Campbell called himself a candidate focused on “everyday problems.”
“Go to Cumberland, go to Somerset County, we have people who are as economically depressed as some folks in Baltimore City. So, being a United States senator means that you should pay attention to the entire state, not just the I-95 corridor,” he said.
When it comes to health care, Campbell said during the debate with Cardin and Simon, “I think the states need to decide if they want to expand Medicaid. And, last time I checked, the national government running health care — I’m a veteran, and one of the things I was sickened about was the fact that veterans had to wait for months.”
“I don’t trust a national government to be able to run health care for 330 million people if they can’t manage and implement health care for veterans,” he added. “So, no, I’m not for single-payer health care.”
Also during the debate, Campbell said on gun violence, “We need to make sure that our law enforcement agencies do their due diligence, actually perform investigations on people who are a credible threat, and to take those weapons away from people who are a credible threat.”
Simon, CEO of Bronfman Rothschild, is running as an independent candidate. He said he’s running for the Senate seat because he wants to bring the country together “without party labels.”
“Like so many people, I am tired of the political brawl that we’re watching every day and the bad results we get from our federal government, and I’m frustrated with the divisiveness that’s created by our political leaders,” Simon told WTOP.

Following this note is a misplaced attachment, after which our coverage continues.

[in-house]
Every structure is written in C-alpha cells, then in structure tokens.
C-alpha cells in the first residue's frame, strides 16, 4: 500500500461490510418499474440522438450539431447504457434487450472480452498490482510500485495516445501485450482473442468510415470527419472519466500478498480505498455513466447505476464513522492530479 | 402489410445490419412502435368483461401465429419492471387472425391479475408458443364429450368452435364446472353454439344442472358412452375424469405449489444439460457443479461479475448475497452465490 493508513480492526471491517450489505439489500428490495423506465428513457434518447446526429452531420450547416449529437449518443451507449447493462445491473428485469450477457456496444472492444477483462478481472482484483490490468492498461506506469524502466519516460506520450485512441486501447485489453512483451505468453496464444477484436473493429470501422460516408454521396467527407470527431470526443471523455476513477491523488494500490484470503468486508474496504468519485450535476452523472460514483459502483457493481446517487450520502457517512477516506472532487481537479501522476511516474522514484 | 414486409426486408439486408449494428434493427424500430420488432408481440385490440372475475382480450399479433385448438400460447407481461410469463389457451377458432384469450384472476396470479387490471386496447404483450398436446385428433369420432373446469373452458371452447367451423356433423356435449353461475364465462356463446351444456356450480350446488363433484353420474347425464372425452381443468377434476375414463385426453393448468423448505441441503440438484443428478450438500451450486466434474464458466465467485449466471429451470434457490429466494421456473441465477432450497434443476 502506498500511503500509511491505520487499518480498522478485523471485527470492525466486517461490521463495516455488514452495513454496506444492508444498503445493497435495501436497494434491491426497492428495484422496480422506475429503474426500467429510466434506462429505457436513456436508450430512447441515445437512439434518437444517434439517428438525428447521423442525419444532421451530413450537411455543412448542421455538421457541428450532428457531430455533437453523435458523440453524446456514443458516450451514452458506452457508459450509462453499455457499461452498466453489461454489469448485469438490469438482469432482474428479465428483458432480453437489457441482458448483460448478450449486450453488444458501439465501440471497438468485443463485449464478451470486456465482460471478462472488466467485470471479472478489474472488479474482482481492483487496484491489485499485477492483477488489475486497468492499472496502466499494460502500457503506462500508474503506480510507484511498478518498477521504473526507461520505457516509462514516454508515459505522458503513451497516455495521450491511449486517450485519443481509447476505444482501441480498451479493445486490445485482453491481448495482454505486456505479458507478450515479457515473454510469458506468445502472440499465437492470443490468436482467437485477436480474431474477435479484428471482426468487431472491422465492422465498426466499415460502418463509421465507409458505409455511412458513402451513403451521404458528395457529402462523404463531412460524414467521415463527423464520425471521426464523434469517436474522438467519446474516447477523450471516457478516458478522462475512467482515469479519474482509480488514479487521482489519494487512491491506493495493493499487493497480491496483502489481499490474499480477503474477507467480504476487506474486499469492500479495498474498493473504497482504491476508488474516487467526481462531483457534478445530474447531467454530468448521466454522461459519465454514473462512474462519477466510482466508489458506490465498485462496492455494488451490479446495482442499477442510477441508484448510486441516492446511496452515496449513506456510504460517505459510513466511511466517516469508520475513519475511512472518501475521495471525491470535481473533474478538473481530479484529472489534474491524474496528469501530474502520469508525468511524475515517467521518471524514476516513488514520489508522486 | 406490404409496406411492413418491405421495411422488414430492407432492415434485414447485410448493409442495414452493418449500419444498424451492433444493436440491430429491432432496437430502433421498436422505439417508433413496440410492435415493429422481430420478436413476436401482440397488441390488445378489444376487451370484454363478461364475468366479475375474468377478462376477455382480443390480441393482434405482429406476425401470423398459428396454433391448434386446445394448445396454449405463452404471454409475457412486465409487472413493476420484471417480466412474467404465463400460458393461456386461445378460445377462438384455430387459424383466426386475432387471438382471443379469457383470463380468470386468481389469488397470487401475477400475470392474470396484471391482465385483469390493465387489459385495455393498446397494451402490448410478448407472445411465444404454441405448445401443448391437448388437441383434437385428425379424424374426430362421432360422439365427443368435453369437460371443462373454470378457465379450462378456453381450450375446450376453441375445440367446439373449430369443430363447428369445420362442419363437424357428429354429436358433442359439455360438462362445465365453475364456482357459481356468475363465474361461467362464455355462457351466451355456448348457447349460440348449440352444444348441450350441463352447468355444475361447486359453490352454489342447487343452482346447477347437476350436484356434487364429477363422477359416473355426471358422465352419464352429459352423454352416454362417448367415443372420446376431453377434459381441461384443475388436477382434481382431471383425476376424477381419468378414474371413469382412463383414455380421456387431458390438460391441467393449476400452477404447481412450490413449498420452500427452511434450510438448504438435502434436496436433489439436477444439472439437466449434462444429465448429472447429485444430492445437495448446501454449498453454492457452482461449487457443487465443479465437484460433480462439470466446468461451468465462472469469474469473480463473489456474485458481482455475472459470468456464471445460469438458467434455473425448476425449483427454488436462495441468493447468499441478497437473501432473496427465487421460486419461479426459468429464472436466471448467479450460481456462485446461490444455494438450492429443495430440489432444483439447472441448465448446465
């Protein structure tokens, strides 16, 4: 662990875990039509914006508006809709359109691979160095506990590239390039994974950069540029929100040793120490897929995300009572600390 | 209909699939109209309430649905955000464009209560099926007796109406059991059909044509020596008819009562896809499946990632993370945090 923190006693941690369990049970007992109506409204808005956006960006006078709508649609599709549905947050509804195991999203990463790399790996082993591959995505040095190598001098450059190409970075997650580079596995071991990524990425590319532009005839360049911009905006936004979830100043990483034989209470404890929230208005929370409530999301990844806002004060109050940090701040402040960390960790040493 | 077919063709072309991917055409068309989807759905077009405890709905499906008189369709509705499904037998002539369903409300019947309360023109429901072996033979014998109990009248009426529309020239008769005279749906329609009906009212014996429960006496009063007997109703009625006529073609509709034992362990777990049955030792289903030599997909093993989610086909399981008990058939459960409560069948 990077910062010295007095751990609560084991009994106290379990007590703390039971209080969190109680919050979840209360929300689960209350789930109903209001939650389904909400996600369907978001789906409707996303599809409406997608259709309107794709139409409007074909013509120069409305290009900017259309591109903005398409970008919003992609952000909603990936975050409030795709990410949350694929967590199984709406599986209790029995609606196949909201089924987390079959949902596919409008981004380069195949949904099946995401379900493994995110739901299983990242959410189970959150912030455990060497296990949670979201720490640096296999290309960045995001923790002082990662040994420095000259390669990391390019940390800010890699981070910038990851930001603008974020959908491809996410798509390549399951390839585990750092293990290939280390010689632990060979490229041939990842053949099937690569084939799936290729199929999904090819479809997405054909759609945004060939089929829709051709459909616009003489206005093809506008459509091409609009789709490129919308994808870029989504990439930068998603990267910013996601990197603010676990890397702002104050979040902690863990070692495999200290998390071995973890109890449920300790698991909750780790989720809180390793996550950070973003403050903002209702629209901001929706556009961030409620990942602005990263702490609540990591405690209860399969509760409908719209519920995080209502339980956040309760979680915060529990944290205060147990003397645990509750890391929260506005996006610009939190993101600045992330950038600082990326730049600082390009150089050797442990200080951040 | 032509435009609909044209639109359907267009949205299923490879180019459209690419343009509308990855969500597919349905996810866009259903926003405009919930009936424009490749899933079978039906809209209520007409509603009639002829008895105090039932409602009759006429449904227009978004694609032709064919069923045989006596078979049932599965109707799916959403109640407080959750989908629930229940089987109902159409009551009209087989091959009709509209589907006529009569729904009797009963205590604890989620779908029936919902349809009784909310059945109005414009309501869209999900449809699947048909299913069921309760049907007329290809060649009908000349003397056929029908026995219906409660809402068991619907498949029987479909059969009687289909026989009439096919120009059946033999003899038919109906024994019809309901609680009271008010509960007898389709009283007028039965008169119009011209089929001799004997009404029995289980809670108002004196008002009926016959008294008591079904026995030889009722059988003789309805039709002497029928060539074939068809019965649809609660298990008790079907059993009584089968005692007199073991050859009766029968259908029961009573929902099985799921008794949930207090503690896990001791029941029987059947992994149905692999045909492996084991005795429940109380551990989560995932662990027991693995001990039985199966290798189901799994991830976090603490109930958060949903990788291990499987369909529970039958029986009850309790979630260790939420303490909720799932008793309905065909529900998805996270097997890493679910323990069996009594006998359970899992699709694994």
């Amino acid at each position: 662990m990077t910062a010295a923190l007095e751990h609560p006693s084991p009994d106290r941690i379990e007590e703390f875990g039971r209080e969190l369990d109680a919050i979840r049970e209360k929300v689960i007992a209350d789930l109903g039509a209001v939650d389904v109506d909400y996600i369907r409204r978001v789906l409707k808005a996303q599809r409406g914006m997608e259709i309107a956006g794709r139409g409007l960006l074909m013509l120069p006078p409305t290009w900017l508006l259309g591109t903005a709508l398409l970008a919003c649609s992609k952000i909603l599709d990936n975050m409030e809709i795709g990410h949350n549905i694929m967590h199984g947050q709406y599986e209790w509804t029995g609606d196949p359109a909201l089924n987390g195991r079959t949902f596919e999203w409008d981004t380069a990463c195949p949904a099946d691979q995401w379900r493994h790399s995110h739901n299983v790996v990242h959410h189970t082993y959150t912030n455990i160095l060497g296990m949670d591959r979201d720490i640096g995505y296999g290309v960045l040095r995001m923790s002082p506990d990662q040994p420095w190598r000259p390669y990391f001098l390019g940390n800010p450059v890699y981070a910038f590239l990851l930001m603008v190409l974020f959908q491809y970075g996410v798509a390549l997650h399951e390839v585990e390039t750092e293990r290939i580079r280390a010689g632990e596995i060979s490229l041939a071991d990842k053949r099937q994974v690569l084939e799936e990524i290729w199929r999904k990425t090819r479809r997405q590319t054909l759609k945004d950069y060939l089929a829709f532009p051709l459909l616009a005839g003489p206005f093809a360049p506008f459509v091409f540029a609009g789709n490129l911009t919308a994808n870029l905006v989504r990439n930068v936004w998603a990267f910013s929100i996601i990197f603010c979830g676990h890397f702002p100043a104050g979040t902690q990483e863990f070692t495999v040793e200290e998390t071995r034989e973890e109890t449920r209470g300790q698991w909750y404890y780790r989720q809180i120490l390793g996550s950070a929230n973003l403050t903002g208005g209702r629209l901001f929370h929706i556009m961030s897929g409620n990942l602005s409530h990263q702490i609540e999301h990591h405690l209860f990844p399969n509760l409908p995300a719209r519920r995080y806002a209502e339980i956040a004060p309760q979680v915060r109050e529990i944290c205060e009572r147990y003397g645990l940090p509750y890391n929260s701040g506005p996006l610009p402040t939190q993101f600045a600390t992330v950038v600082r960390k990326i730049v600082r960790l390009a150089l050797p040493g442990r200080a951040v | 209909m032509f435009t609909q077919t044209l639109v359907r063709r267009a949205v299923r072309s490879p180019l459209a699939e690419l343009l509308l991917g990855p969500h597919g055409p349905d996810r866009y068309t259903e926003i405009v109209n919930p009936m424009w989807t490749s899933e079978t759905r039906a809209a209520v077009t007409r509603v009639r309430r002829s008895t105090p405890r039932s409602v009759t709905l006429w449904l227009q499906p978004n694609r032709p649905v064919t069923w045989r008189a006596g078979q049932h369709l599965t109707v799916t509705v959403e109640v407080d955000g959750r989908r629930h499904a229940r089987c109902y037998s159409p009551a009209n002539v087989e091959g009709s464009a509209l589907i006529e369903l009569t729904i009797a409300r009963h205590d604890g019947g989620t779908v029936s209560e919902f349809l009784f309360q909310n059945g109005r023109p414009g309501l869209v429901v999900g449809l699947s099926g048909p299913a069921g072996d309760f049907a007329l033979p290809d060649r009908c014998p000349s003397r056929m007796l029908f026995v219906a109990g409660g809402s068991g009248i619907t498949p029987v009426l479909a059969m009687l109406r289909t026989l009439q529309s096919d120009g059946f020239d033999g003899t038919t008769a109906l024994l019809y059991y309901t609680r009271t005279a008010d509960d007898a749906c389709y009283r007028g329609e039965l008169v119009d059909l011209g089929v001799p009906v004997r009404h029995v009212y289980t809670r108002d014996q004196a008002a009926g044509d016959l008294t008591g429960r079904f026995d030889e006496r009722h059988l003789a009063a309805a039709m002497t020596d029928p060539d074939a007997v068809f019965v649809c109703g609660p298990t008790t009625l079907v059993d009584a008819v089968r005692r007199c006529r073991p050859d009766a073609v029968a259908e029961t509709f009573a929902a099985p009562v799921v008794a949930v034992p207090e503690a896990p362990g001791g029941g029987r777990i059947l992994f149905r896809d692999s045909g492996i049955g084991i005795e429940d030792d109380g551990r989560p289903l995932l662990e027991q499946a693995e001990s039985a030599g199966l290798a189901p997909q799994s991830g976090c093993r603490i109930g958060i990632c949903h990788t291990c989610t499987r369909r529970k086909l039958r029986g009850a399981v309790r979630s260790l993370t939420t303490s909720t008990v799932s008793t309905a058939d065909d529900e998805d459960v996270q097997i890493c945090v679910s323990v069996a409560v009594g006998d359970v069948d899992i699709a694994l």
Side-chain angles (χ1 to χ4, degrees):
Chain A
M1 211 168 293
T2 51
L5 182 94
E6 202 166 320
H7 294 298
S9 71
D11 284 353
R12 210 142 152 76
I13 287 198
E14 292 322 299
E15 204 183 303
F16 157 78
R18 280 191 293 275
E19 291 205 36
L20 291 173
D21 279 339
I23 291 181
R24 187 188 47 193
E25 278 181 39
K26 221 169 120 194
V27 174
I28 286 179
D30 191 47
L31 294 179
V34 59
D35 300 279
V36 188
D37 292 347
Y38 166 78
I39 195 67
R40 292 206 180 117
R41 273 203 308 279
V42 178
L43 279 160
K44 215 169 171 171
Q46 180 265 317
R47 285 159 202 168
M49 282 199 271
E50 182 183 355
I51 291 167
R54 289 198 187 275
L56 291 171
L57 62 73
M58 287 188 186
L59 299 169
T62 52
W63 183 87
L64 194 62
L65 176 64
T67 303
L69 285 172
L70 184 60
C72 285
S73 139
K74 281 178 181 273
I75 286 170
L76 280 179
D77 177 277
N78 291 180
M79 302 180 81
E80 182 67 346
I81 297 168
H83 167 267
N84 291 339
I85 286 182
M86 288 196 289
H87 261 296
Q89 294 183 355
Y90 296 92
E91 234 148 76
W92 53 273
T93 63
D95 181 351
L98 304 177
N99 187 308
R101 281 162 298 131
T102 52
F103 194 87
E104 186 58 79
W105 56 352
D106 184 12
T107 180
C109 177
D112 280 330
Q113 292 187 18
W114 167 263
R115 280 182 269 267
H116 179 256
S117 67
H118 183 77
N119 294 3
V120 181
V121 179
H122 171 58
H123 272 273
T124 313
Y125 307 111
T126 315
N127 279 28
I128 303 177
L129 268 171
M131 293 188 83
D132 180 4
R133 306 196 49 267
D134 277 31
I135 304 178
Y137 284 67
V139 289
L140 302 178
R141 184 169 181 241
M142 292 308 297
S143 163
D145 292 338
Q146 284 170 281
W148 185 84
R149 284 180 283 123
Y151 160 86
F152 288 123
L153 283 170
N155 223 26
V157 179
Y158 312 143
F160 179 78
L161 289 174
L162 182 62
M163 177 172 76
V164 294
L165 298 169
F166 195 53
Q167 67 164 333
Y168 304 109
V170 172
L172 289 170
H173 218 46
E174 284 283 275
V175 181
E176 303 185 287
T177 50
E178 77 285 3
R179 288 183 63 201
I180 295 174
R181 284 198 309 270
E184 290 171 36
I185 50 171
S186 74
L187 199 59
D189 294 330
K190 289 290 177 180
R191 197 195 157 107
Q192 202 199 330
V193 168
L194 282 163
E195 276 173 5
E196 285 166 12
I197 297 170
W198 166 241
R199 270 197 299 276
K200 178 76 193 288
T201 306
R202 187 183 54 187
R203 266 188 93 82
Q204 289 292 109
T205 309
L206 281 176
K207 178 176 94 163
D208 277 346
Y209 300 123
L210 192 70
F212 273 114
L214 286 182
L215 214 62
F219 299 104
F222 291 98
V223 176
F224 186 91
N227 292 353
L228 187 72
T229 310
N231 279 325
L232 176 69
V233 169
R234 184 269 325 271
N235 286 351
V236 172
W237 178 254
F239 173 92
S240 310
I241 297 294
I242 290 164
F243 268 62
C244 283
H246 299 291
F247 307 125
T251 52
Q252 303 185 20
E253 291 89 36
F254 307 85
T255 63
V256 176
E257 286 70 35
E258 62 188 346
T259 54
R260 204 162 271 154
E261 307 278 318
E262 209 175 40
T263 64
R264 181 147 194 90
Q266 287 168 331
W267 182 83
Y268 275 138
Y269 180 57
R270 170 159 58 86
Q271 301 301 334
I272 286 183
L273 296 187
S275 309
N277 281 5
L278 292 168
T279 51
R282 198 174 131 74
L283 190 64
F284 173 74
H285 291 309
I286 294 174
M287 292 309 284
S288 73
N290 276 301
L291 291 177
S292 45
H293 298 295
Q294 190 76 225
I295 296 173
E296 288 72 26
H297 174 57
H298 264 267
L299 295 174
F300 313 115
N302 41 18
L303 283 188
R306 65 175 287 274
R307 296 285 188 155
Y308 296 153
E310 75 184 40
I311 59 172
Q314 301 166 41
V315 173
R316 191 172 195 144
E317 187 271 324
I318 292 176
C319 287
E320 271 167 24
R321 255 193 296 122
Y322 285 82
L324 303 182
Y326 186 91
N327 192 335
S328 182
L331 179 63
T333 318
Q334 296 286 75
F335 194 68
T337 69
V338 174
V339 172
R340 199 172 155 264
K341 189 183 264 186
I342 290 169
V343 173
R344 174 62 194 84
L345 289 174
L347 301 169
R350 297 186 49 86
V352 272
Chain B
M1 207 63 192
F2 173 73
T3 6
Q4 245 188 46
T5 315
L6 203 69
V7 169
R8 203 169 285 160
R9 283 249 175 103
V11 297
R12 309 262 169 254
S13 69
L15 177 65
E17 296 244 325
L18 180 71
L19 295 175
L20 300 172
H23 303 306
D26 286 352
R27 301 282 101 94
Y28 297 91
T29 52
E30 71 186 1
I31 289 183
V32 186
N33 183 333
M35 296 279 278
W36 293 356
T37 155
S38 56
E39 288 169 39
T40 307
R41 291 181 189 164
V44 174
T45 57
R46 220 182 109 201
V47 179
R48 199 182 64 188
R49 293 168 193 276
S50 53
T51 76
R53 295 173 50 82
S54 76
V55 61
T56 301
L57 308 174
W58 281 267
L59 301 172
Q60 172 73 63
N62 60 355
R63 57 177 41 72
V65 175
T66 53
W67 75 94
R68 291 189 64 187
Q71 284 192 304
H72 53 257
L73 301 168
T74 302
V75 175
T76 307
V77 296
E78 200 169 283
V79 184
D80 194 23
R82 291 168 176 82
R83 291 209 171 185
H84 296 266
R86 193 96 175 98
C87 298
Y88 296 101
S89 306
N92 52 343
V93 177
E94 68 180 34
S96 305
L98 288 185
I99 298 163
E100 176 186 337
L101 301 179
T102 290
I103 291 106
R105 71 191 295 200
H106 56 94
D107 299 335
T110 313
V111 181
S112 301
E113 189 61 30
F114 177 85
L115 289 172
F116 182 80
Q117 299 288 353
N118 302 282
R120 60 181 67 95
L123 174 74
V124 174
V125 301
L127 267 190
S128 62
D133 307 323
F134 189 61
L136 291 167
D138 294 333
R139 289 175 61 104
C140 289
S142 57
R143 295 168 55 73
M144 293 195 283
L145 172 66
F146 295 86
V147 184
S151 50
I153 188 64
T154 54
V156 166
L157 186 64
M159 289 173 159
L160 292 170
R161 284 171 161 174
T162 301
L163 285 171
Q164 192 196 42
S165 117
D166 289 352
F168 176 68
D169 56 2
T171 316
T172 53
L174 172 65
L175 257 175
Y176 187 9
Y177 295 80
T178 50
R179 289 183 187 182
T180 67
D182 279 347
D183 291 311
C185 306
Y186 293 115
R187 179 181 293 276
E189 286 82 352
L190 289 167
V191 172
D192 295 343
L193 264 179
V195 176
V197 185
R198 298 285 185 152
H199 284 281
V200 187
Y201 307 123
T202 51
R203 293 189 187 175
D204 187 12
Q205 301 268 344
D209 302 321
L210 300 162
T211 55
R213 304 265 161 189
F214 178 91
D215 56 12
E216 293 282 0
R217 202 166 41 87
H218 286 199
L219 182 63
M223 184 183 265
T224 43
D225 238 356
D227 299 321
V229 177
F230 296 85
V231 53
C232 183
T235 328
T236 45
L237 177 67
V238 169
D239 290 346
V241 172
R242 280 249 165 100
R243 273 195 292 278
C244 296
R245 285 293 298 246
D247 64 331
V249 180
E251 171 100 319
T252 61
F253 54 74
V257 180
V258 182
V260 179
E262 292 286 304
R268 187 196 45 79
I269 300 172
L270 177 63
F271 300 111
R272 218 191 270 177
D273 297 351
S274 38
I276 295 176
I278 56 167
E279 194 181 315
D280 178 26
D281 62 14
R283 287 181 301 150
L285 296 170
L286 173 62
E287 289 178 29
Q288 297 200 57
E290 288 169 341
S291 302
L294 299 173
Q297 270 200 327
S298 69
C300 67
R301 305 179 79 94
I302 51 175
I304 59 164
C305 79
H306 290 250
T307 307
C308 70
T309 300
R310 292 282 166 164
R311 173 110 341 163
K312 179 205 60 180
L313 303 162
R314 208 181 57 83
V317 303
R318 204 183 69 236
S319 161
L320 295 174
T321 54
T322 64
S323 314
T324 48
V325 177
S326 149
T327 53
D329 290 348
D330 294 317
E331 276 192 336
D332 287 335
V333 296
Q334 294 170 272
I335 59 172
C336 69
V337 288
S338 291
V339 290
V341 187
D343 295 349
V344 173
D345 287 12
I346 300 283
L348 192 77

In a debate earlier this month, Simon said he didn’t vote for Trump, but he has expressed support for current Republican Gov. Larry Hogan.
“I think Gov. Hogan has been a model for how our federal government can work. He’s worked across the aisle with the Democratic state legislative branch to get things done. He’s avoided confrontational issues, and I think our federal government can learn from that,” Simon said.
Some of the issues he said were on his slate include lowering health care costs, increasing the number of high-paying jobs in Maryland and political reform.
“I support ending gerrymandering, campaign finance reform, opening primaries, term limits, anything that will reduce the partisanship and extremism,” he said.
In order to combat rising health care costs, he said, “Right now, the two parties argue over how to pay for an inefficient health care system, and what we need to do instead is change the way the system works so we’re incentivizing wellness rather than more procedures and more tests and more doctor visits.”